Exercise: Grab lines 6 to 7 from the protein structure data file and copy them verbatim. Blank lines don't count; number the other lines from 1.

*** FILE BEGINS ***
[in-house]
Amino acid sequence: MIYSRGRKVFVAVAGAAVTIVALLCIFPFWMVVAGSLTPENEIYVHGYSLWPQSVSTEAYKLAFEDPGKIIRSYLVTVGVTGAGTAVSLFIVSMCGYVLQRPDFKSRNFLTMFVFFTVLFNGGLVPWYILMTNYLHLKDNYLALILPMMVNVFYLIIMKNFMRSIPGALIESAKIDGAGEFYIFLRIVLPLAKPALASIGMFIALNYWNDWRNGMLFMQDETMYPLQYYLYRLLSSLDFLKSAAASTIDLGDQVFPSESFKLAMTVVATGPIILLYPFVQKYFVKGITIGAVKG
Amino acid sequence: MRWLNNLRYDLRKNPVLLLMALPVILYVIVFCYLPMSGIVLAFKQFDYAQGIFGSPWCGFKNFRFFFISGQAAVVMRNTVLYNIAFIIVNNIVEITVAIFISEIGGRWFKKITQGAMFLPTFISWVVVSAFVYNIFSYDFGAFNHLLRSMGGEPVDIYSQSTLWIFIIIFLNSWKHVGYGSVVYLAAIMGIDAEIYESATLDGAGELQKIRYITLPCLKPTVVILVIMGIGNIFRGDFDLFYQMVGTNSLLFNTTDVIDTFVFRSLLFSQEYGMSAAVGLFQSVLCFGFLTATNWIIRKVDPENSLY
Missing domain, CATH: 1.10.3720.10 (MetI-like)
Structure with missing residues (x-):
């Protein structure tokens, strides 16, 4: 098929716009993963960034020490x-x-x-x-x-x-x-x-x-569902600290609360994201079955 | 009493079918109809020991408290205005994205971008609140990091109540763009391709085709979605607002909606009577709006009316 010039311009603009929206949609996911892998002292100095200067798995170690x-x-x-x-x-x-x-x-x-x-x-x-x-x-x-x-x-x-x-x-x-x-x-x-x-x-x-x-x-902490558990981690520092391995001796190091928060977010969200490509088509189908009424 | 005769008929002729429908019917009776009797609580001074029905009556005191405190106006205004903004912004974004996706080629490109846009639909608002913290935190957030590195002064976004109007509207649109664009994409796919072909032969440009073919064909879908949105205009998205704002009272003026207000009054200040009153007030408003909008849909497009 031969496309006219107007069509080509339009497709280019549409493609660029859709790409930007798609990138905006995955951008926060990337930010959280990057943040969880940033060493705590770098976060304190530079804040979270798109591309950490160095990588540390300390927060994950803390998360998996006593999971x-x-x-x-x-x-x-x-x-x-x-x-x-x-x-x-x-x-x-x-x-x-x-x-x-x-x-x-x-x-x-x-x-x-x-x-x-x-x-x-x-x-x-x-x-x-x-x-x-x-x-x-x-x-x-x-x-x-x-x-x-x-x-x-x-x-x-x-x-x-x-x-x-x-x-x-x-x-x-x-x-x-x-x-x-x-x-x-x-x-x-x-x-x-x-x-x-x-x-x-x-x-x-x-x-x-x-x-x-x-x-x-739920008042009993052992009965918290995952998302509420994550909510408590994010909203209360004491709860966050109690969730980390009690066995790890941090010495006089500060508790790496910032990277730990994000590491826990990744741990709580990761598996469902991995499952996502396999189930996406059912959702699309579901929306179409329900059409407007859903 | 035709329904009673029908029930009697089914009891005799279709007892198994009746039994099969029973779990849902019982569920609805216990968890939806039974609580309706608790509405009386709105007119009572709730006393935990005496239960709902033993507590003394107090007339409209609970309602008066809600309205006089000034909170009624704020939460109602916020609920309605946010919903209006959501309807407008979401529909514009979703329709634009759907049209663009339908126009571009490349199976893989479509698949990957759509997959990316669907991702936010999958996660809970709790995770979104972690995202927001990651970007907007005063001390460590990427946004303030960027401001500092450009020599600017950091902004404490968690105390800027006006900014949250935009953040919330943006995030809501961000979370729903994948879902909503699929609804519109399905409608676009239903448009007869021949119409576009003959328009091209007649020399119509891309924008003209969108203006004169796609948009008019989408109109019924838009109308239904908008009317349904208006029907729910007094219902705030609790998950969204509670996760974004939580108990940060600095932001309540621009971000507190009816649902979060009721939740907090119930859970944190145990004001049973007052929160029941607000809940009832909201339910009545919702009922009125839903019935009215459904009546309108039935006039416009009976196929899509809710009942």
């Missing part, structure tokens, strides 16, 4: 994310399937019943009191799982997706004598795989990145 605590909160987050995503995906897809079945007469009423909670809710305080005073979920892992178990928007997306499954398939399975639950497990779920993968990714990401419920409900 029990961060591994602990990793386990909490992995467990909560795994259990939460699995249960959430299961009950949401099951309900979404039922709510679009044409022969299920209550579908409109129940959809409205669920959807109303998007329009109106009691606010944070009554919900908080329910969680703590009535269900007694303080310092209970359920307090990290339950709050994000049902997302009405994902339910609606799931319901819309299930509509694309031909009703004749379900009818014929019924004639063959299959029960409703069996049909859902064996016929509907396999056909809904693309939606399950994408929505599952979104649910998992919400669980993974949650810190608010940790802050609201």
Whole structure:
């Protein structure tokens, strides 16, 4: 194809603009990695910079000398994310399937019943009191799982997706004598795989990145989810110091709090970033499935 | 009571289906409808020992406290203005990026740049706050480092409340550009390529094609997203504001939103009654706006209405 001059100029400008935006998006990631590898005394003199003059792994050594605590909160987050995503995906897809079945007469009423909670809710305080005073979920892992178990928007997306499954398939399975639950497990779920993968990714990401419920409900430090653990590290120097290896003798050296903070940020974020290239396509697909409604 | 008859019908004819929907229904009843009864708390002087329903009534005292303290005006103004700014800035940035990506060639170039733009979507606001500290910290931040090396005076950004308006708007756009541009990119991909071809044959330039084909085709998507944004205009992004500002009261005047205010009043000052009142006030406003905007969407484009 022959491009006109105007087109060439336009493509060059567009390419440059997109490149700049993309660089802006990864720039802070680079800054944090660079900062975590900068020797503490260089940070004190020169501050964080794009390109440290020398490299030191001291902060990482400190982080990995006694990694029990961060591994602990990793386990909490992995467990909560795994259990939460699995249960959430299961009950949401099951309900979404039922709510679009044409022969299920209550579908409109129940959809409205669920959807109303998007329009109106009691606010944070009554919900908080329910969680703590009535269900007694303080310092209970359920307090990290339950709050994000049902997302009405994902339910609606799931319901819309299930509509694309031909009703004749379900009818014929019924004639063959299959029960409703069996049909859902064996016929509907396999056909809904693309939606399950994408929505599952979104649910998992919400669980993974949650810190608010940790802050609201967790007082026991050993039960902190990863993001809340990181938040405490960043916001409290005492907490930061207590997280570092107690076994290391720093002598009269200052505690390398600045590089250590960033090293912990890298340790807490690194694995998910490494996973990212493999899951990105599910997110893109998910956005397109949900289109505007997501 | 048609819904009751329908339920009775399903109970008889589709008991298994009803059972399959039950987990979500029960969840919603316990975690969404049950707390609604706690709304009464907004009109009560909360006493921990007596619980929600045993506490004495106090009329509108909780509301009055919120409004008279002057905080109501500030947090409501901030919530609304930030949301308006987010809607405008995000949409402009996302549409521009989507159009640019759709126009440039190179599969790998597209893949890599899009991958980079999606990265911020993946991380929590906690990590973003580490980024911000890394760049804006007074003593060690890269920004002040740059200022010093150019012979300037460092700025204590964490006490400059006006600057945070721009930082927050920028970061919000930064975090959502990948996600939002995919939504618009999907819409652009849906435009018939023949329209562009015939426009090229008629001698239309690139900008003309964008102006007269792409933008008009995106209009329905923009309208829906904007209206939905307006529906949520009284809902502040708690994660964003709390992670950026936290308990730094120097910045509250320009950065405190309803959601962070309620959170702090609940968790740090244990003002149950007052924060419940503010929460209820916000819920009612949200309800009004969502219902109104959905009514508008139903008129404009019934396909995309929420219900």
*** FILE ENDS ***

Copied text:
């Protein structure tokens, strides 16, 4: 098929716009993963960034020490x-x-x-x-x-x-x-x-x-569902600290609360994201079955 | 009493079918109809020991408290205005994205971008609140990091109540763009391709085709979605607002909606009577709006009316 010039311009603009929206949609996911892998002292100095200067798995170690x-x-x-x-x-x-x-x-x-x-x-x-x-x-x-x-x-x-x-x-x-x-x-x-x-x-x-x-x-902490558990981690520092391995001796190091928060977010969200490509088509189908009424 | 005769008929002729429908019917009776009797609580001074029905009556005191405190106006205004903004912004974004996706080629490109846009639909608002913290935190957030590195002064976004109007509207649109664009994409796919072909032969440009073919064909879908949105205009998205704002009272003026207000009054200040009153007030408003909008849909497009 031969496309006219107007069509080509339009497709280019549409493609660029859709790409930007798609990138905006995955951008926060990337930010959280990057943040969880940033060493705590770098976060304190530079804040979270798109591309950490160095990588540390300390927060994950803390998360998996006593999971x-x-x-x-x-x-x-x-x-x-x-x-x-x-x-x-x-x-x-x-x-x-x-x-x-x-x-x-x-x-x-x-x-x-x-x-x-x-x-x-x-x-x-x-x-x-x-x-x-x-x-x-x-x-x-x-x-x-x-x-x-x-x-x-x-x-x-x-x-x-x-x-x-x-x-x-x-x-x-x-x-x-x-x-x-x-x-x-x-x-x-x-x-x-x-x-x-x-x-x-x-x-x-x-x-x-x-x-x-x-x-x-739920008042009993052992009965918290995952998302509420994550909510408590994010909203209360004491709860966050109690969730980390009690066995790890941090010495006089500060508790790496910032990277730990994000590491826990990744741990709580990761598996469902991995499952996502396999189930996406059912959702699309579901929306179409329900059409407007859903 | 035709329904009673029908029930009697089914009891005799279709007892198994009746039994099969029973779990849902019982569920609805216990968890939806039974609580309706608790509405009386709105007119009572709730006393935990005496239960709902033993507590003394107090007339409209609970309602008066809600309205006089000034909170009624704020939460109602916020609920309605946010919903209006959501309807407008979401529909514009979703329709634009759907049209663009339908126009571009490349199976893989479509698949990957759509997959990316669907991702936010999958996660809970709790995770979104972690995202927001990651970007907007005063001390460590990427946004303030960027401001500092450009020599600017950091902004404490968690105390800027006006900014949250935009953040919330943006995030809501961000979370729903994948879902909503699929609804519109399905409608676009239903448009007869021949119409576009003959328009091209007649020399119509891309924008003209969108203006004169796609948009008019989408109109019924838009109308239904908008009317349904208006029907729910007094219902705030609790998950969204509670996760974004939580108990940060600095932001309540621009971000507190009816649902979060009721939740907090119930859970944190145990004001049973007052929160029941607000809940009832909201339910009545919702009922009125839903019935009215459904009546309108039935006039416009009976196929899509809710009942």
């Missing part, structure tokens, strides 16, 4: 994310399937019943009191799982997706004598795989990145 605590909160987050995503995906897809079945007469009423909670809710305080005073979920892992178990928007997306499954398939399975639950497990779920993968990714990401419920409900 029990961060591994602990990793386990909490992995467990909560795994259990939460699995249960959430299961009950949401099951309900979404039922709510679009044409022969299920209550579908409109129940959809409205669920959807109303998007329009109106009691606010944070009554919900908080329910969680703590009535269900007694303080310092209970359920307090990290339950709050994000049902997302009405994902339910609606799931319901819309299930509509694309031909009703004749379900009818014929019924004639063959299959029960409703069996049909859902064996016929509907396999056909809904693309939606399950994408929505599952979104649910998992919400669980993974949650810190608010940790802050609201």